In order to characterize student ability as they enter our courses, we aggregated data from their mathematics subscore on the Scholastic Aptitude Test (SAT) administered by the College Board, their mathematics subscore on the ACT exam administered by ACT, Inc. (ACT), and their high school GPA. These student academic backgrounds are shown in Table 4. We conducted an ANOVA comparison for average SAT mathematics score, ACT score (see Table 4 footnotes for descriptions), and high school GPA and found that students’ average SAT mathematics and ACT score are significantly different across three versions (F(2,448) = 18.823, p < 0.001) but that student high school GPA is not significantly different among the three versions (F(2,468) = 1.589, p = 0.205). About half of the students in each of the E and NE versions indicate that they studied calculus in high school while a lower proportion of students in 1A did. Among our students, about one fifth of the students in E took Advanced Placement (AP) Calculus (a Calculus course offered in high school in the USA intended to prepare students for an exam which can earn them college credit) in high school and subsequently passed the AP exam with a grade of 3 or higher, but very few in NE did so (AP scores of 3 or higher out of 5 can earn college credit at our institution).

Compared to the national pool of research university students (Bressoud et al. 2013; Table 5, column 2), our students’ average SAT/ACT raw mathematics scores and high school GPA differ significantly (p < 0.0001). Among all three versions at our institution, the percentage of students who took calculus in high school is much lower than the national study and the percentage of students who earned a 3 or higher on the AP Calculus exam who subsequently enrolled in a college calculus class is also substantially lower. Approximately 26% of students in the national study enrolled in Calculus I had earned a 3 or higher on the AP Calculus exam. At our institution, only 11.89% of students earned a 3 or higher. However, it should be noted that students earning a score of 4 or 5 on the AP Calculus exam can earn credit for Calculus I at our institution and would therefore normally take Calculus II without taking Calculus I. Thus, students who might increase our percentage in this category would likely have earned credit for the course already and not be enrolled in Calculus I and not in our sample.

Results

We surveyed students’ beliefs and attitudes at the beginning (pre-survey) and end (post-survey) of the semester to collect data that might reveal differences in and changes in these beliefs and attitudes during the term as well as across the course populations.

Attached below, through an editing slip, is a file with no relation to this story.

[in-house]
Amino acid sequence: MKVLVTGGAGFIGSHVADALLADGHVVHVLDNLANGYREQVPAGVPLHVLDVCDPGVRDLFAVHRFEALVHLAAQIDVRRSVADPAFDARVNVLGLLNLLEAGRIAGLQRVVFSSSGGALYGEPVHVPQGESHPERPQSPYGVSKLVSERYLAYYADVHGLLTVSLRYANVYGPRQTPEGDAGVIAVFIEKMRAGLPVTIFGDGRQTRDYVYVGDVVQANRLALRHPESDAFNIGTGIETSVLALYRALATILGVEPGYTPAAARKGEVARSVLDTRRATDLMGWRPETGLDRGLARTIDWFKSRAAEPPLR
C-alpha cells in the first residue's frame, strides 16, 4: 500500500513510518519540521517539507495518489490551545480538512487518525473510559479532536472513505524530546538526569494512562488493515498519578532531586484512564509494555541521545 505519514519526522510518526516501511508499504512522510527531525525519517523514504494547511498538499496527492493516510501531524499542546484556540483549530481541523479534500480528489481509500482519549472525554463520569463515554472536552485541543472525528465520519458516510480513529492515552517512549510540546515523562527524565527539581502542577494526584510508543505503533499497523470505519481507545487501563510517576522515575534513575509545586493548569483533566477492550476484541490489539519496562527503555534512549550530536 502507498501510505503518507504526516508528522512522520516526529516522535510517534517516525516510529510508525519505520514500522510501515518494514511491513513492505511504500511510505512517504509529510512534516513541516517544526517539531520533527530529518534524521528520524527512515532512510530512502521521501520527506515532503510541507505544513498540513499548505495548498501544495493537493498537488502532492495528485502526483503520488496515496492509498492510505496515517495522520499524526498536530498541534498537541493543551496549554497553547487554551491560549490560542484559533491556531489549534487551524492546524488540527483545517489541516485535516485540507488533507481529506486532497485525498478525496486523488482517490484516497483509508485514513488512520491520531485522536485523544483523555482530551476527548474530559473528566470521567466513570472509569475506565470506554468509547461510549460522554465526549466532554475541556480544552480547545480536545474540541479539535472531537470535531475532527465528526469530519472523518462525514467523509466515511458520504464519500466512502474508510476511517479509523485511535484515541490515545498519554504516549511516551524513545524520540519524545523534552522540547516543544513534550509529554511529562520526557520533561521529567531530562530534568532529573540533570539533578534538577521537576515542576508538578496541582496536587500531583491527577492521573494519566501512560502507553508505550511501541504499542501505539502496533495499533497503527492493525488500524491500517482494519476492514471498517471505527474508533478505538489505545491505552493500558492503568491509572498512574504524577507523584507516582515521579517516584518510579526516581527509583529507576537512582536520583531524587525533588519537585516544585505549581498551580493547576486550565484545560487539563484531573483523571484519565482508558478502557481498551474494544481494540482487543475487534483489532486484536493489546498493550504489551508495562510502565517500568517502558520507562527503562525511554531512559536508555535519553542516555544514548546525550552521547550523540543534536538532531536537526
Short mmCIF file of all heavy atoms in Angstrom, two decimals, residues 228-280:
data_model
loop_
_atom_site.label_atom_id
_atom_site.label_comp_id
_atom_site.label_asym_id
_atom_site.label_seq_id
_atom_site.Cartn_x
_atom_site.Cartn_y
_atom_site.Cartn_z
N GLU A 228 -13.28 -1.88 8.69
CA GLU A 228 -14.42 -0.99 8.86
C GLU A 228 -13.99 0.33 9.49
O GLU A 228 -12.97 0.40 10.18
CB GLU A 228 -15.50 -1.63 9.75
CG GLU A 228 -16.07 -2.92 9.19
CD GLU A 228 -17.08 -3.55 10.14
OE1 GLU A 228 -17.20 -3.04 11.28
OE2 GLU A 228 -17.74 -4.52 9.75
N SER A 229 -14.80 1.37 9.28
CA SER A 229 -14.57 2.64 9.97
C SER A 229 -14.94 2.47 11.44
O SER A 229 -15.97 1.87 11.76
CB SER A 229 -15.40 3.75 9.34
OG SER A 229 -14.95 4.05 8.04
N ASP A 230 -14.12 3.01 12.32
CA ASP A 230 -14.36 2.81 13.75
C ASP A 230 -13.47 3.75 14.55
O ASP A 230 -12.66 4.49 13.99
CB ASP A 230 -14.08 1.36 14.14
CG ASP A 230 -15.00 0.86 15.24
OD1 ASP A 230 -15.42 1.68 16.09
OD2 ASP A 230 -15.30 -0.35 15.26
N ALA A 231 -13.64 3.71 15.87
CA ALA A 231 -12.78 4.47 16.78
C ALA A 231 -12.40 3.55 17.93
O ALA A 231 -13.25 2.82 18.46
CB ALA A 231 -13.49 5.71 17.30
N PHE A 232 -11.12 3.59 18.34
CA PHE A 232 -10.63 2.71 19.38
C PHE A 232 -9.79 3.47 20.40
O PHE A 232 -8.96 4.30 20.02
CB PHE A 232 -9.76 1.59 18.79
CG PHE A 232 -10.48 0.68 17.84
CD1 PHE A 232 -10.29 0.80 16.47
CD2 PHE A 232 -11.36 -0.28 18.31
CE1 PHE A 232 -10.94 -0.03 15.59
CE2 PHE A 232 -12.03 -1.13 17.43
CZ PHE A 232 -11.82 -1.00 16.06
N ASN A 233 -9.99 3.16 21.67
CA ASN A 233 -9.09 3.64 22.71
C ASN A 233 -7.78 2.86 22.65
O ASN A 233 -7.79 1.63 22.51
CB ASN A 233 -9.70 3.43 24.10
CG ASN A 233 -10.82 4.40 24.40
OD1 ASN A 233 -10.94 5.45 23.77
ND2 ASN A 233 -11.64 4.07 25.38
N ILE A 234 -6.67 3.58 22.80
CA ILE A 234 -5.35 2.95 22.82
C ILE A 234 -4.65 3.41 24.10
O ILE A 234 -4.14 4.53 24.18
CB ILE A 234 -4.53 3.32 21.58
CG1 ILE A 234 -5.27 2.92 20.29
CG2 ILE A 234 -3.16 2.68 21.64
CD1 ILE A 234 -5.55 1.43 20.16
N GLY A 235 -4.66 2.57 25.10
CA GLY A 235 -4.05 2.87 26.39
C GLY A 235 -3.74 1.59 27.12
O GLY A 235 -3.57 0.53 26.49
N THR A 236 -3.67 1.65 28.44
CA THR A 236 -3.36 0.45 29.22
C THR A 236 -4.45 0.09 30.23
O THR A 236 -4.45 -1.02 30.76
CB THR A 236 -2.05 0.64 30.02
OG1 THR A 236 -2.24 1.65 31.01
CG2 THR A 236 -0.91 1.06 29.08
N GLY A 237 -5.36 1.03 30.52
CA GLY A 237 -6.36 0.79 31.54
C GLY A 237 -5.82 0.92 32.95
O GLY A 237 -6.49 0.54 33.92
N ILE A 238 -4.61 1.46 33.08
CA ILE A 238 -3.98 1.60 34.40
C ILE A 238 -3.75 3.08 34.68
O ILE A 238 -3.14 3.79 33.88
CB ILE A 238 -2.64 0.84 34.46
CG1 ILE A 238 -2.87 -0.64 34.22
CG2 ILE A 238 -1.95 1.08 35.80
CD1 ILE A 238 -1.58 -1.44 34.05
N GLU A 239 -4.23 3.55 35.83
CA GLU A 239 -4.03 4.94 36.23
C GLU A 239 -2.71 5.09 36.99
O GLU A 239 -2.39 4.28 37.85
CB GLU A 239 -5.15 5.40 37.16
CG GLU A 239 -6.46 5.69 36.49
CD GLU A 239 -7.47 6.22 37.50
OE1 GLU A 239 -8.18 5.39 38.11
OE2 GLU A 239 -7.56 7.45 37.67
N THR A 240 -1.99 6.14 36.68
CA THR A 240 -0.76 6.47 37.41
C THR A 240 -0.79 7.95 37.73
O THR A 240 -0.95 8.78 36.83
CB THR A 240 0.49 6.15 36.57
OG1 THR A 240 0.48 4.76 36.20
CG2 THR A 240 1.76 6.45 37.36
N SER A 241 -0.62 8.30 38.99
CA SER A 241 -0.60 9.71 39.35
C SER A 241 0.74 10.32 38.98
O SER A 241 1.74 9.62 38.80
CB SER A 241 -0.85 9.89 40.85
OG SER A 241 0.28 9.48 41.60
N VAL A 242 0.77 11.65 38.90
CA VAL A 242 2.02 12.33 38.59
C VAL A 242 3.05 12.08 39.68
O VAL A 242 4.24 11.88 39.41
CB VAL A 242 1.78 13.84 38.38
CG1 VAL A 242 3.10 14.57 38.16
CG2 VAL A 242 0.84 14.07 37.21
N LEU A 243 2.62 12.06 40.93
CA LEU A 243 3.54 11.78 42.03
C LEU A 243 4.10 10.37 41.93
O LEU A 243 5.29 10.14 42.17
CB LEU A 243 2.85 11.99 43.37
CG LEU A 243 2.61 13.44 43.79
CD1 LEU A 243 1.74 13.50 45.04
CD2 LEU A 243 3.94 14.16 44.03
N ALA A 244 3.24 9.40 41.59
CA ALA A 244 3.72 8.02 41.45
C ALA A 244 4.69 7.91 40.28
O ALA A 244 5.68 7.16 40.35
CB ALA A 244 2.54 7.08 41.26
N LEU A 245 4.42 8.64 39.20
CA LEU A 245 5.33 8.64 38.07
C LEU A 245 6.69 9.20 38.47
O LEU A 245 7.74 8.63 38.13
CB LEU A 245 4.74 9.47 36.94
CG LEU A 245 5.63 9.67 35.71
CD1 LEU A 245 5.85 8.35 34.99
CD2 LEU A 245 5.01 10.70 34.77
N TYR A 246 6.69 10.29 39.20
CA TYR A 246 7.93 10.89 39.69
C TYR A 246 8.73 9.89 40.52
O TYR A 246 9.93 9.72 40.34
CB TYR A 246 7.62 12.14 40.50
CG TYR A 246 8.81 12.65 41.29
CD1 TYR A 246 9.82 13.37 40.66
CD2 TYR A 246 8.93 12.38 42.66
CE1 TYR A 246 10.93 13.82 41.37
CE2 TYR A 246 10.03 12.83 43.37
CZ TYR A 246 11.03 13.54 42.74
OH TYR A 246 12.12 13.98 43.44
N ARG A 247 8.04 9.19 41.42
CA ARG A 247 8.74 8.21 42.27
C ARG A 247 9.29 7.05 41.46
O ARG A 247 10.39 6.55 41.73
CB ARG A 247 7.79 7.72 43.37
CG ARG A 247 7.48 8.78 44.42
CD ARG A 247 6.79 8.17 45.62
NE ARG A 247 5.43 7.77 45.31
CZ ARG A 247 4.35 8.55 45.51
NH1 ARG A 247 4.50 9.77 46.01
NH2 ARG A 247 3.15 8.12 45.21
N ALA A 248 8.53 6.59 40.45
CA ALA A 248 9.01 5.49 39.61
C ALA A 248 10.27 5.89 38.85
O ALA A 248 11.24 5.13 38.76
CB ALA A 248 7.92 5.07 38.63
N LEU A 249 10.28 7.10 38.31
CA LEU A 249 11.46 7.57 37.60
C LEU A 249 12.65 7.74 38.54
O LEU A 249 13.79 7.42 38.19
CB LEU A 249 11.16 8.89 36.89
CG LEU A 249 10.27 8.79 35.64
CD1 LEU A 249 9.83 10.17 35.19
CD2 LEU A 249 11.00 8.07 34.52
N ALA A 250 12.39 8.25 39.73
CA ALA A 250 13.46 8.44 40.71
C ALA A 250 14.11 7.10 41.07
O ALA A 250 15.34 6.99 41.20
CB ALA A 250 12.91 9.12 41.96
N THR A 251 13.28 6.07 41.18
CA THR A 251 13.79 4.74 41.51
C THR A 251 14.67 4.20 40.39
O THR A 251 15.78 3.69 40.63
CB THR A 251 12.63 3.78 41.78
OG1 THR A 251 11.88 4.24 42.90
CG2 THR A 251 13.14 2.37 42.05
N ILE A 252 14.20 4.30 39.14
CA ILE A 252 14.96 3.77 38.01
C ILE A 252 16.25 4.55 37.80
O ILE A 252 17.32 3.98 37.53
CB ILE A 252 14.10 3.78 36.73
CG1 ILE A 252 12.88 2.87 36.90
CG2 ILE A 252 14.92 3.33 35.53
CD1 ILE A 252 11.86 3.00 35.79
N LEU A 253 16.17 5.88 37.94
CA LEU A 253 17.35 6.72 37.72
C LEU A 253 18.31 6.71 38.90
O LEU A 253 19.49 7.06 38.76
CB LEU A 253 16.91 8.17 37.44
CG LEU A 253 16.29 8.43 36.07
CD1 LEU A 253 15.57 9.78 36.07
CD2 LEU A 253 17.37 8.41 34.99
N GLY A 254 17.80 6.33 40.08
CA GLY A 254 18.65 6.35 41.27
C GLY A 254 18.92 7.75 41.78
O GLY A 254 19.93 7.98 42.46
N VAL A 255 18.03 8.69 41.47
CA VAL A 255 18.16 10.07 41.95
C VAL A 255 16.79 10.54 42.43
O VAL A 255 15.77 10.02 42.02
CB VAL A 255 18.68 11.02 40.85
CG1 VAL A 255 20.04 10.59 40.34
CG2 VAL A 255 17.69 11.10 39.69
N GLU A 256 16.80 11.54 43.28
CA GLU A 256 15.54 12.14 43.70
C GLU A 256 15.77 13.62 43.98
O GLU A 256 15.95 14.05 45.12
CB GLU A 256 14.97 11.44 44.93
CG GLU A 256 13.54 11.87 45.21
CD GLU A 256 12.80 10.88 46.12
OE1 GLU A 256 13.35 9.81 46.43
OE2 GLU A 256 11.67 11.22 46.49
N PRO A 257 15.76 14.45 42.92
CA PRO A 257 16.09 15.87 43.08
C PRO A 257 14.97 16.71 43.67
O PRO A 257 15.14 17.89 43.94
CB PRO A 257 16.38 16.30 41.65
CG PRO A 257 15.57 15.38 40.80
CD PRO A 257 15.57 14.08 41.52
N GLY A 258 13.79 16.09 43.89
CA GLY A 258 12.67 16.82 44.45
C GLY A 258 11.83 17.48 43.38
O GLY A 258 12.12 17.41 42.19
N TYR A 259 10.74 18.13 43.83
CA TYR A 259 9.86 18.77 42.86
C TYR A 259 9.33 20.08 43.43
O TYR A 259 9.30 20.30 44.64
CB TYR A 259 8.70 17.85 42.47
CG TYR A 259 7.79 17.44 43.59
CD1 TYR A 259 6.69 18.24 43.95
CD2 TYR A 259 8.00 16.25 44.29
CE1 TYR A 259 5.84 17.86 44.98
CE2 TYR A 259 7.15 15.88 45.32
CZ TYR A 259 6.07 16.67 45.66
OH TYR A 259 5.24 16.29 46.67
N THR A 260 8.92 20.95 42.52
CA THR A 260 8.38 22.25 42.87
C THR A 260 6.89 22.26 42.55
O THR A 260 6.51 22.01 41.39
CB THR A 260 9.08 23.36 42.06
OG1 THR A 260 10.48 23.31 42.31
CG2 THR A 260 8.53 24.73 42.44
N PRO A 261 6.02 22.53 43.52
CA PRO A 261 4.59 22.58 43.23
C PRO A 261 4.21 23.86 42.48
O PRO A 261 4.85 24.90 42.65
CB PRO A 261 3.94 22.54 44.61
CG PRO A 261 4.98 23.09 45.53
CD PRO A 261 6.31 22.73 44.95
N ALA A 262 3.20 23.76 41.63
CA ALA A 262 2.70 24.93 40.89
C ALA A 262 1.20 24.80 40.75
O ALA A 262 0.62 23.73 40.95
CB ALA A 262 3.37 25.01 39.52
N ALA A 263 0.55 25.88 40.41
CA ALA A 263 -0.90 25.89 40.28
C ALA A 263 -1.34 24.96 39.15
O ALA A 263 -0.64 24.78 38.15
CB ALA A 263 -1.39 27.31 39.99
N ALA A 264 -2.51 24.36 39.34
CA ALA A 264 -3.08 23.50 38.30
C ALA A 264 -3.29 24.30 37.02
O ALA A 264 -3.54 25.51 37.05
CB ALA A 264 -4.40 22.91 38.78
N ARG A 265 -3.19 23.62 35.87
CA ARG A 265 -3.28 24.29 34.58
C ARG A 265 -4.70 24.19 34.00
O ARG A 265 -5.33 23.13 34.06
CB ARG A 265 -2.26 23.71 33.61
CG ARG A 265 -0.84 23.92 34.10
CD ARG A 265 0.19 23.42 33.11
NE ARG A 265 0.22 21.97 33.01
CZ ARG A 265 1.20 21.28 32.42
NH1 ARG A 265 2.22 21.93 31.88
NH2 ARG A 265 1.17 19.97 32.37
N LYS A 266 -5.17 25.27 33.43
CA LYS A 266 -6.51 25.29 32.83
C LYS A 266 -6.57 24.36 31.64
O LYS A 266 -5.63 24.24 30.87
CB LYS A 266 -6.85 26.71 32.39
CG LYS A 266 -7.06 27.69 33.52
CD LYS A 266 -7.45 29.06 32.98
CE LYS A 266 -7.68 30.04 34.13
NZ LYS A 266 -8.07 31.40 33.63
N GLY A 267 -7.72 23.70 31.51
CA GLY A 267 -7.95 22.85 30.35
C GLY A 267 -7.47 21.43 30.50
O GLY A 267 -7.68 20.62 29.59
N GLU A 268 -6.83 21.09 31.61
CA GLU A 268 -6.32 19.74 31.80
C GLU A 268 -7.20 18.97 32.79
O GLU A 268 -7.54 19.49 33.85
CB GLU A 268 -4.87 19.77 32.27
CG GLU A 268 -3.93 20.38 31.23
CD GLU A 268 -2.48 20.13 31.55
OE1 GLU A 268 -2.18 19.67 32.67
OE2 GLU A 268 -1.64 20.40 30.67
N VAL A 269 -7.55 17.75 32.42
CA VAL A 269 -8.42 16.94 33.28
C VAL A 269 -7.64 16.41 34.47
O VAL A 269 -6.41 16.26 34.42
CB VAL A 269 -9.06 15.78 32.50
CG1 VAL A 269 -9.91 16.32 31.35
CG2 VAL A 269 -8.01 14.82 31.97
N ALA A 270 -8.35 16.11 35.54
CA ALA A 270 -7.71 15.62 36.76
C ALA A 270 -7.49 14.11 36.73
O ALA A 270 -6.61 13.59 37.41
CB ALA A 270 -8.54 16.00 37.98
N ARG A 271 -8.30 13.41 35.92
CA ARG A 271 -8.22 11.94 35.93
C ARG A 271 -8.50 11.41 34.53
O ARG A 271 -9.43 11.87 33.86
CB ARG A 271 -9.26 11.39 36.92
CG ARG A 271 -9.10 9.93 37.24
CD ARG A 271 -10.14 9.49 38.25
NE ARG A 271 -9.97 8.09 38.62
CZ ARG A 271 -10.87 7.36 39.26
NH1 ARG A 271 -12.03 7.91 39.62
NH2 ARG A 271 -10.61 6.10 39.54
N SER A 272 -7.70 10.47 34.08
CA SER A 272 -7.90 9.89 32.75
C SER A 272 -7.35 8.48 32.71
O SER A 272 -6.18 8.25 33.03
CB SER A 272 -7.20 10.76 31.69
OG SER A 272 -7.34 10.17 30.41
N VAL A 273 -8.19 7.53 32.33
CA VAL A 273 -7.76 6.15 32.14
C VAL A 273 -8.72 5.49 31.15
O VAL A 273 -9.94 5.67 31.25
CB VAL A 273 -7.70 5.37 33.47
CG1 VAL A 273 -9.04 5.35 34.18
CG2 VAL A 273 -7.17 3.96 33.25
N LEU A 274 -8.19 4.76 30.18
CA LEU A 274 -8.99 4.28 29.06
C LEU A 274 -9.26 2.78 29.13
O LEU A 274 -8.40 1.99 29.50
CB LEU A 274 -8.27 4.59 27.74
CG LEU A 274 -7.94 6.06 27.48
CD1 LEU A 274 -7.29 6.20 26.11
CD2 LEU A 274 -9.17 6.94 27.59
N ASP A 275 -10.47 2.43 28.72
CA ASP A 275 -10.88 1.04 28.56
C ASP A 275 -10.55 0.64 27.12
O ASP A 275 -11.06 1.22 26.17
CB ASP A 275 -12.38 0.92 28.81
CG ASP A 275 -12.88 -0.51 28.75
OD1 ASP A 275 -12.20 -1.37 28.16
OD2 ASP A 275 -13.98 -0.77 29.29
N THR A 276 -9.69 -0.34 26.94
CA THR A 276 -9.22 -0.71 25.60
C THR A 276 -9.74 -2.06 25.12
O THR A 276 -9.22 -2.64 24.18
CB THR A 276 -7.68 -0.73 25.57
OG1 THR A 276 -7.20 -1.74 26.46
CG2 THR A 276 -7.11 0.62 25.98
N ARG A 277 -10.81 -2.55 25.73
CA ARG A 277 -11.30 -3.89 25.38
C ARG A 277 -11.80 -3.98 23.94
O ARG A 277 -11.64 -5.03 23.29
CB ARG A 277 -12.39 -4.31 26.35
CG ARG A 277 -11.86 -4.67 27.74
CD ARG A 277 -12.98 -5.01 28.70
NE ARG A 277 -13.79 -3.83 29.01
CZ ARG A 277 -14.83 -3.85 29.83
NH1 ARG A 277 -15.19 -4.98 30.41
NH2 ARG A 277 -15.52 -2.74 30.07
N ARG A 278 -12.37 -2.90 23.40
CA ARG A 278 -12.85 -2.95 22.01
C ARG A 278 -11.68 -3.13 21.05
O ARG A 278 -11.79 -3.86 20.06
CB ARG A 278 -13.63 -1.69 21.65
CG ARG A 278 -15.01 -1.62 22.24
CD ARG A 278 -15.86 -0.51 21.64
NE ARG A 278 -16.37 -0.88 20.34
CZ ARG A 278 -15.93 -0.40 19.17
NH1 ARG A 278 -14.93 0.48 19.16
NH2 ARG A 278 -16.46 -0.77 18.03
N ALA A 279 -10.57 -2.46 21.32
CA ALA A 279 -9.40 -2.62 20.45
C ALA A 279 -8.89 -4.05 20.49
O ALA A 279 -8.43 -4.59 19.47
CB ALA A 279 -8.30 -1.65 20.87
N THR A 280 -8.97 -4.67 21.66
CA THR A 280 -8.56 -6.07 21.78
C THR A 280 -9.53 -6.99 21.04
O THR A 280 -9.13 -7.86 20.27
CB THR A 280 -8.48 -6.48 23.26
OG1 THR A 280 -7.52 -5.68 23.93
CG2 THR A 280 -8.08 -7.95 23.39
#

Changes in surveyed student attributes

As stated previously, we seek to answer the following research question: Do different learning experiences in Calculus I influence students’ attitudes and beliefs? The data revealed that a large number of students in all three versions tend to understand that trying to make sense of the materials is a better method of studying Calculus I instead of trying to memorize them (Table 5, statement 1). However, a pre- and post-survey comparison indicated a decrease in this tendency, especially in NE where there was a massive shift. In the pre-survey, we saw large differences occurred among the versions, and these differences are statistically significant according to ANOVA test. In the post-survey, the differences among three versions were smaller and not found to be statistically significant.

Students in all versions indicated a low desire to continue studying mathematics (Table 5, statement 2) unless required to do so at both the beginning and the end of semester, and we observed a decline in all versions, with a large decline in NE and an especially steep decline in E. Pairwise, the differences between 1A and E and between NE and E were large in the pre-survey but very small between 1A and NE. Results from the post-survey revealed a different picture. The differences between 1A and NE became large, but the difference between 1A and E diminished. The difference between NE and E became much smaller. ANOVA tests showed that the differences among three versions in both pre- and post-surveys were statistically significant.

Students in all versions believe exam scores measure the amount of material they understand, and there was an increase in the belief among students in E and NE that exam scores are measuring how well they can do things the way the teacher wants (Table 5, statement 3). In the pre-survey, we noticed the differences among the three versions are very small. In the post-survey, the differences across three versions become large and statistically significant according to an ANOVA test.